Is Conan O’Brien a $40 million bailout recipient?

January 20, 2010

By Rolfe Winkler

Conan O’Brien is expected to receive some $40 million for leaving NBC, the media unit of General Electric, itself among the largest recipients of taxpayer help. While it would be a stretch to compare the late-night talk show host to a Goldman Sachs or Citigroup banker, he’s arguably only a few steps removed.

Though conglomerate wasn’t a recipient of direct equity aid from the Troubled Asset Relief Program, GE availed itself of perhaps an equally important bailout facility, the Temporary Liquidity Guarantee Program overseen by the Federal Deposit Insurance Corp.

Participants in this scheme were able to issue debt with a government guarantee, receiving explicit taxpayer backing in the event of default. Though GE was just one of 88 firms with outstanding Uncle Sam backed debt as of October 31, its $60 billion of issuance accounted for nearly a fifth of the total.

Unlike some of the banks that received direct equity injections from the government, GE can argue it does not deserve the same scrutiny over compensation that has bedeviled financial companies including Citigroup, Goldman and American International Group.

But without the FDIC’s largess, the group’s troubled financial arm, GE Capital, would have struggled to fund its $650 billion balance sheet. That, in turn, could have forced its parent to liquidate assets, starting with NBC. In a truly worst-case scenario, GE might have even had to seek protection from its creditors.

Had GE been forced to dump NBC in a fire-sale, new owners could have demanded changes to contracts like Mr. O’Brien’s. True, that’s not the same as, say, a Citi banker fighting for a bonus after the government clearly bailed out the bank. But it’s only a few steps removed. So a bit of thanks to taxpayers from Mr. O’Brien may be in order.


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This wasn’t one of your best articles, Rolfe – almost as fact-free, lowbrow and unfunny as a Jay Leno monologue.

Posted by HBC | Report as abusive

HBC, you are reading too much into this. Rolfe, today on ‘Upcoming on Reuters\':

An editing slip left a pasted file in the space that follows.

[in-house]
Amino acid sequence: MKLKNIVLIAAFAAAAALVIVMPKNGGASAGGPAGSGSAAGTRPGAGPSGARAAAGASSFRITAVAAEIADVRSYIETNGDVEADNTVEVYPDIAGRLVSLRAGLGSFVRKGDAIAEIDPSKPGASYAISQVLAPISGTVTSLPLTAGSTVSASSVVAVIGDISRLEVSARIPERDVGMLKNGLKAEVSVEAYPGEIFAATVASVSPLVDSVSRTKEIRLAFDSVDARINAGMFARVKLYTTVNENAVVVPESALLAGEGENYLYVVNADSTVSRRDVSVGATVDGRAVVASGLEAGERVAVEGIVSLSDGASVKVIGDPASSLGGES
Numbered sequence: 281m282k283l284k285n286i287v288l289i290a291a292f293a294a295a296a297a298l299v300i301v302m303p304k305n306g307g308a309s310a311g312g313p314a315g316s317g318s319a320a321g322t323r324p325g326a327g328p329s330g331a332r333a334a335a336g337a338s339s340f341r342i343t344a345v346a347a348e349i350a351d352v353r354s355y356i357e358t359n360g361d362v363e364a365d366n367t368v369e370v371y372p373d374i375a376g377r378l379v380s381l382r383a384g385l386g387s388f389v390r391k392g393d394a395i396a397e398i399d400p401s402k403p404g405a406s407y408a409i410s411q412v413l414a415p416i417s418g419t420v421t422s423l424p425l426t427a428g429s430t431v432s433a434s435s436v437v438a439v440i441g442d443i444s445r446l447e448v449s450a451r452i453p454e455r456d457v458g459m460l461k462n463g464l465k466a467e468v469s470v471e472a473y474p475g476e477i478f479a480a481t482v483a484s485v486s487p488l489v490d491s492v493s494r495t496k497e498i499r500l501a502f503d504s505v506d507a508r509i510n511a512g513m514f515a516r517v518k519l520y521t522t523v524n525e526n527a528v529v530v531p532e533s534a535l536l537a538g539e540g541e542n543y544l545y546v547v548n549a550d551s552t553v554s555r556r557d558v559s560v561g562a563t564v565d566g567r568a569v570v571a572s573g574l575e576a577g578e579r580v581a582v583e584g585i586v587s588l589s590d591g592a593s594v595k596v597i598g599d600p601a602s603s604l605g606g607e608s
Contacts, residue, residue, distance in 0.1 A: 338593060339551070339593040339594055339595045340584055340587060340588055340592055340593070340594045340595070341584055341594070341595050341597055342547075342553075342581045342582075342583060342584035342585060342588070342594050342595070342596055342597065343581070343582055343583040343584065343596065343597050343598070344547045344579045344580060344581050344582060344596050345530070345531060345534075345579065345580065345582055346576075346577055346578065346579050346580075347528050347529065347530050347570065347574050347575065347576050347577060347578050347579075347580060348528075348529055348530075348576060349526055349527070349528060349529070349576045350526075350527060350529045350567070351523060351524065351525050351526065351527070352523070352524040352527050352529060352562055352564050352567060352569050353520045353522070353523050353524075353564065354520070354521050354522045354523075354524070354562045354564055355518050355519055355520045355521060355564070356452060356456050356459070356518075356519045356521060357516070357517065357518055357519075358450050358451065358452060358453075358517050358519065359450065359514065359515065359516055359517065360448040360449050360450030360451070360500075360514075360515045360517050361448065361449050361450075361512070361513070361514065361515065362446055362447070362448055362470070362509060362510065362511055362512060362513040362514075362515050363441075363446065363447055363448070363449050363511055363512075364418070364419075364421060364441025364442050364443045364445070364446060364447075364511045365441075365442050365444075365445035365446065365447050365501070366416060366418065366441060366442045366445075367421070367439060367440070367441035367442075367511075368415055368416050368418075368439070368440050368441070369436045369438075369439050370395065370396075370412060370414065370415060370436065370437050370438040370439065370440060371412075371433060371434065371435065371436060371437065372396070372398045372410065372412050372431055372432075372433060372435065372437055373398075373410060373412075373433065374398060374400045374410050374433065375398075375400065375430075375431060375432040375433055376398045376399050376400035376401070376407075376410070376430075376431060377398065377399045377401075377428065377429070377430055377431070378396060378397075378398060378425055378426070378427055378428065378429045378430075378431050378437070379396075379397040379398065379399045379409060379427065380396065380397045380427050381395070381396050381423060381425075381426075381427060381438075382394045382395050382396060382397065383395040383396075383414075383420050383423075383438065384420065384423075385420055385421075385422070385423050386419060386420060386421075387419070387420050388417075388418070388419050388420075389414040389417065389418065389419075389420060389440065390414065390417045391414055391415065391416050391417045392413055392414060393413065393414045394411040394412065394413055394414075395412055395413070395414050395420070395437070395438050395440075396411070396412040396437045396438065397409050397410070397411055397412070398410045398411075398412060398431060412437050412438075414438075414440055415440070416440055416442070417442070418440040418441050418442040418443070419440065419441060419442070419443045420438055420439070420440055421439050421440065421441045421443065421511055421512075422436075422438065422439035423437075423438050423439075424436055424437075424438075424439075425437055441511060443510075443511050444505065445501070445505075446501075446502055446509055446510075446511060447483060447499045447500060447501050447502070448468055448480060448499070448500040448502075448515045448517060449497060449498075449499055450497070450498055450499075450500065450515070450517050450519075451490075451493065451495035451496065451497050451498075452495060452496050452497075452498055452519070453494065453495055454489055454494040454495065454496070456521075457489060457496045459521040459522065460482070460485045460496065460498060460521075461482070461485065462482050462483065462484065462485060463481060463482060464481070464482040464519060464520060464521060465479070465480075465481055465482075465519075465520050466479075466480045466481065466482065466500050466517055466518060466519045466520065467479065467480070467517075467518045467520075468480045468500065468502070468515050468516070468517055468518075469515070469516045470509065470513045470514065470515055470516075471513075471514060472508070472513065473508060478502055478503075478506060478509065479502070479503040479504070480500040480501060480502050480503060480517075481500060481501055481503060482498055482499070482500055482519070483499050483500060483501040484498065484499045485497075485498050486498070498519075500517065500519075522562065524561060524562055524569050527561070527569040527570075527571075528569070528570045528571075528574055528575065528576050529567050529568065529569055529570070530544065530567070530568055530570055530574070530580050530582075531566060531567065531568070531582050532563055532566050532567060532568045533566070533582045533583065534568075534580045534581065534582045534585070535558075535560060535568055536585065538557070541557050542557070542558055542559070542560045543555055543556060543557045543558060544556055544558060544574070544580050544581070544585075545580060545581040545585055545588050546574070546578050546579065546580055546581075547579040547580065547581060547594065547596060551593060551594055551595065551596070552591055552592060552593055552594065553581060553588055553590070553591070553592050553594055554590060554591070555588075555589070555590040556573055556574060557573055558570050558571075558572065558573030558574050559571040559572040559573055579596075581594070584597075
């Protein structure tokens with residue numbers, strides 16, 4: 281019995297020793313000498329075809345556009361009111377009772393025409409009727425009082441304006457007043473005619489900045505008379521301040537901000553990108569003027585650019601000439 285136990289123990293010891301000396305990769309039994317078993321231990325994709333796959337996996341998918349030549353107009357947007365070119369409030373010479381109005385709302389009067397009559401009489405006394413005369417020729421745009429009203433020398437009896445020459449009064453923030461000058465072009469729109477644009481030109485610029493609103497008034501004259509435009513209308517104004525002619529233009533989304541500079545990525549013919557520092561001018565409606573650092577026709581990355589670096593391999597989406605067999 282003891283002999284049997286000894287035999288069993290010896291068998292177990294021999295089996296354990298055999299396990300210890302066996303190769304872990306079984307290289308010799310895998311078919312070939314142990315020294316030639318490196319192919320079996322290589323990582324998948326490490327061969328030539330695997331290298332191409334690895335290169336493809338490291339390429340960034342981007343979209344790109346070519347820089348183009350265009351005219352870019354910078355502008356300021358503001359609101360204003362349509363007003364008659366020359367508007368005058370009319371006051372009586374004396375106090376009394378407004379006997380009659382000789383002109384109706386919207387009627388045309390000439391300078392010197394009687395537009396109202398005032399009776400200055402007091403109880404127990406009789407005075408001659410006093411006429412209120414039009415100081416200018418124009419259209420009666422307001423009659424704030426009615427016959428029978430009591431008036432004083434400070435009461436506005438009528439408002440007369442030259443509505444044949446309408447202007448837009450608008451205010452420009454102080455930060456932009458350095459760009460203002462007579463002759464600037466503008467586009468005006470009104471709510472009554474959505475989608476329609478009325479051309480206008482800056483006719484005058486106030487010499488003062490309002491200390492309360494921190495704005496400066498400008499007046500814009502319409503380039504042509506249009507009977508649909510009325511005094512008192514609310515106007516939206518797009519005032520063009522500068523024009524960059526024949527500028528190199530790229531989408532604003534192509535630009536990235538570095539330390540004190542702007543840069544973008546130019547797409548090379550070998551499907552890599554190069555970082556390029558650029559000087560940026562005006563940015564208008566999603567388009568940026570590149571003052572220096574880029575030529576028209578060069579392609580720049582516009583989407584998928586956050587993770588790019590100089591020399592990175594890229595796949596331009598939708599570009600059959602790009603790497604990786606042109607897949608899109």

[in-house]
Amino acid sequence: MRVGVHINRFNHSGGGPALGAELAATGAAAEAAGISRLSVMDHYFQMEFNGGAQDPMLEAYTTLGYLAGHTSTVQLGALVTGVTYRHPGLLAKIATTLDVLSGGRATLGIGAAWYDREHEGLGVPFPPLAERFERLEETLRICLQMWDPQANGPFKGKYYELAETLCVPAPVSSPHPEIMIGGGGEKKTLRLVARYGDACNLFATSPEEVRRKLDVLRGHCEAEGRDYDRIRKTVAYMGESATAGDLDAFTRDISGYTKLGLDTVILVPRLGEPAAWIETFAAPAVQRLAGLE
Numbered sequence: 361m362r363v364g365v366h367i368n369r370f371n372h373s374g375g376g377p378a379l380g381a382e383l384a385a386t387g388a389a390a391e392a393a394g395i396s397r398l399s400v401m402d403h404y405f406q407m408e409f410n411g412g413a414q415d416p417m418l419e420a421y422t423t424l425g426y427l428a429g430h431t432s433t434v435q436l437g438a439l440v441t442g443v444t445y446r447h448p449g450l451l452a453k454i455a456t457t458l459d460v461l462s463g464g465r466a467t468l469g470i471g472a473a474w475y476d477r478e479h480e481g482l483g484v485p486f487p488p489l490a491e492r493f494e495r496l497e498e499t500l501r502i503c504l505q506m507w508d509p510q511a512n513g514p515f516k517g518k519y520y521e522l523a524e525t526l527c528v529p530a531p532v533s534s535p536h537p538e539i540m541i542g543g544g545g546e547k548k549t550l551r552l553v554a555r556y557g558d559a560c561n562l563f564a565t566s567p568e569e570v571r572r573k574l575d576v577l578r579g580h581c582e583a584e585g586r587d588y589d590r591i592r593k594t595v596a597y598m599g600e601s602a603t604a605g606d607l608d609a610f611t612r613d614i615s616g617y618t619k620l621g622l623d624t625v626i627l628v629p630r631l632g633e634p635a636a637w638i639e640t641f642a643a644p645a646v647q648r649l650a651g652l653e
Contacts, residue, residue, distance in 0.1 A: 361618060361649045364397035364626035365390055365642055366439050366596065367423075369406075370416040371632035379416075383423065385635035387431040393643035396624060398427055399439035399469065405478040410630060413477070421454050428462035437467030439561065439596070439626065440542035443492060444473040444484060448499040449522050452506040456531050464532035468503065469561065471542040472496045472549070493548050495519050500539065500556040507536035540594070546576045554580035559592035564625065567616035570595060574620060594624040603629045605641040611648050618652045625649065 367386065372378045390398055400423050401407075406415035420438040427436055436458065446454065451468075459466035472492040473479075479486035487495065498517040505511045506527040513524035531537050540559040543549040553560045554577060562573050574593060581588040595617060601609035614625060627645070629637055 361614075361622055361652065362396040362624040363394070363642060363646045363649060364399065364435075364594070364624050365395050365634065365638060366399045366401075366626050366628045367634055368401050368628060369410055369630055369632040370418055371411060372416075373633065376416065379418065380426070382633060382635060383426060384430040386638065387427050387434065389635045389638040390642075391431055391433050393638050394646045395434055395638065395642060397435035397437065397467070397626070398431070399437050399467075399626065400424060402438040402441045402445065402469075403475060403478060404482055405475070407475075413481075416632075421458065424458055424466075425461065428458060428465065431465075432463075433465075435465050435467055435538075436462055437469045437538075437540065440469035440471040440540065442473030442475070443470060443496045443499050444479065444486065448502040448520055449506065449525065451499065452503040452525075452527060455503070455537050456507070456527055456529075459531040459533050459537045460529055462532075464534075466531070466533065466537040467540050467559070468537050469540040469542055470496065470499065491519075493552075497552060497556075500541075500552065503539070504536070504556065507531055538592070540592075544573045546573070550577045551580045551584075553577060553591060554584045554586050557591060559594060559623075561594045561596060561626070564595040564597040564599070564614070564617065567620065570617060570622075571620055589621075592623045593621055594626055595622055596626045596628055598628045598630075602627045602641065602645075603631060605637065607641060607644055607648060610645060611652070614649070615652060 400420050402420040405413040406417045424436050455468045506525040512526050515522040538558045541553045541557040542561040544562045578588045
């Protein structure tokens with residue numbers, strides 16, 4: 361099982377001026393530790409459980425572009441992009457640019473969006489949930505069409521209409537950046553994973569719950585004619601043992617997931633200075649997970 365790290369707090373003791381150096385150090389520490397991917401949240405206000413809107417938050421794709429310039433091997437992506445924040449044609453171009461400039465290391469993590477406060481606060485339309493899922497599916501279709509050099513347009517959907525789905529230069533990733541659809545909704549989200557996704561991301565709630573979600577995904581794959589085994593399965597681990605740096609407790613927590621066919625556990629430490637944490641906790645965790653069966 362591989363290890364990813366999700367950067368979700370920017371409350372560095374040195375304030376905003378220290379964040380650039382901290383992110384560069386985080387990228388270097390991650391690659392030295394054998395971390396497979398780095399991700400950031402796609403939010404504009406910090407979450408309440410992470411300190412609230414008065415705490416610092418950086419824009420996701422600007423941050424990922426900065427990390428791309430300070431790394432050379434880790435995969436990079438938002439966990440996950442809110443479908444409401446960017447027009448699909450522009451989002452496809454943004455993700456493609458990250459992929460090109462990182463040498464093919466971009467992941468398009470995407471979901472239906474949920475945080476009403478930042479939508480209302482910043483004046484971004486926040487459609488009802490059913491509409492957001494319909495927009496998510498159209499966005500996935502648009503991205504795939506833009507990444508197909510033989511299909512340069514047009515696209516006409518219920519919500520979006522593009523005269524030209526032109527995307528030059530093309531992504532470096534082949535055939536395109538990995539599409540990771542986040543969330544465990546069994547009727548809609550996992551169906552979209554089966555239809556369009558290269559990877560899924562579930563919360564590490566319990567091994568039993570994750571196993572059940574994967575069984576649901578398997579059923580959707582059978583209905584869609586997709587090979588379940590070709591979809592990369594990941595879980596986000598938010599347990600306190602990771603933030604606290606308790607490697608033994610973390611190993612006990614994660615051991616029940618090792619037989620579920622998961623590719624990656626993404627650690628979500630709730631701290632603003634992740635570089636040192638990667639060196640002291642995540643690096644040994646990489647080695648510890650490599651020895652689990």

Bank of America earnings; Starbucks earnings; American Express earnings; Goldman Sachs earnings; Google earnings; McDonald’s earnings; General Electric earnings; Apple earnings; Johnson & Johnson earnings.

Phew ! ‘bedeviled’ combinations ! 2 to the power of 9 at least. Do I need to go into figures of speech, except the last one – I hope they still sell nappies, because the $#!+ is going to hit the respective fans this week. Crimson Friday, 22nd January 2010.

Posted by Ghandiolfini | Report as abusive

What I find remarkable about all these 30-something journalists, aside from their arrogance and know-it-all attitude is the way in which they pick up on concepts, like ‘bubbles’ or ‘bailouts’, and use those concepts to explain EVERYTHING. Like it’s the first time these things ever happened. Older readers like myself realize it isn’t that black-and-white out there. Perhaps when these recently-graduated pundits get a few decades behind them they can speak with a bit of the knowledge and authority they now so obviously lack.

Posted by Gotthardbahn | Report as abusive

Americans today are unwilling to look at cause and affect in nearly every aspect of their lives, it doesn’t surprise me that they cannot connect the dots on this one.

Felix has a valid point. Of course this logic is ridiculed and under appreciated because investors are closely acquainted with the US Govt acting as their nanny who is willing to change their diaper whenever they begin to realize the financial system is near breaching the edge of the financial abyss due after a few decades of deregulation.

This fact is of course under appreciated by nearly every American who owns stock. After all US dollars are practically free and who places a value on something that is essentially free. Certainly not the crowd who believes the US Government will support their foolish investments allowing them to push their debt payments onto future generations, below 0 interest rate loans, integrity.

Felix, the biggest bailout was not the various ill conceived financial institutions but the US taxpayer. When you take responsibility of a child, beyond providing them with food shelter and clothing is that you must teach them to walk upright. The US investor is far from being independent enough to walk upright.

Posted by csodak | Report as abusive

Sorry Wolfe to confuse you with Felix. Although I enjoy reading each of your posts.

Posted by csodak | Report as abusive

Poorly written article. Conan owes the tax payers a thank you because NBC owes him money??? You were in over your head on this one kid.

Posted by Phantus | Report as abusive

[…] — Conan O’Brien, federal bailout beneficiary: Rolfe Winkler makes the case. […]

Posted by Morning Money Links: FHA tightens loan rules; Buffett hates Obama’s bank tax; sovereign bond default jitters rise – Automotive Magazine | Report as abusive

Wow this article is really bad. It totally ignores legal realities. Any buyer of NBC would be forced to assume Conan’s contract as-is, unless NBC itself was in bankruptcy instead of its parent company. This is just populist drivel really.

Posted by thebclaw | Report as abusive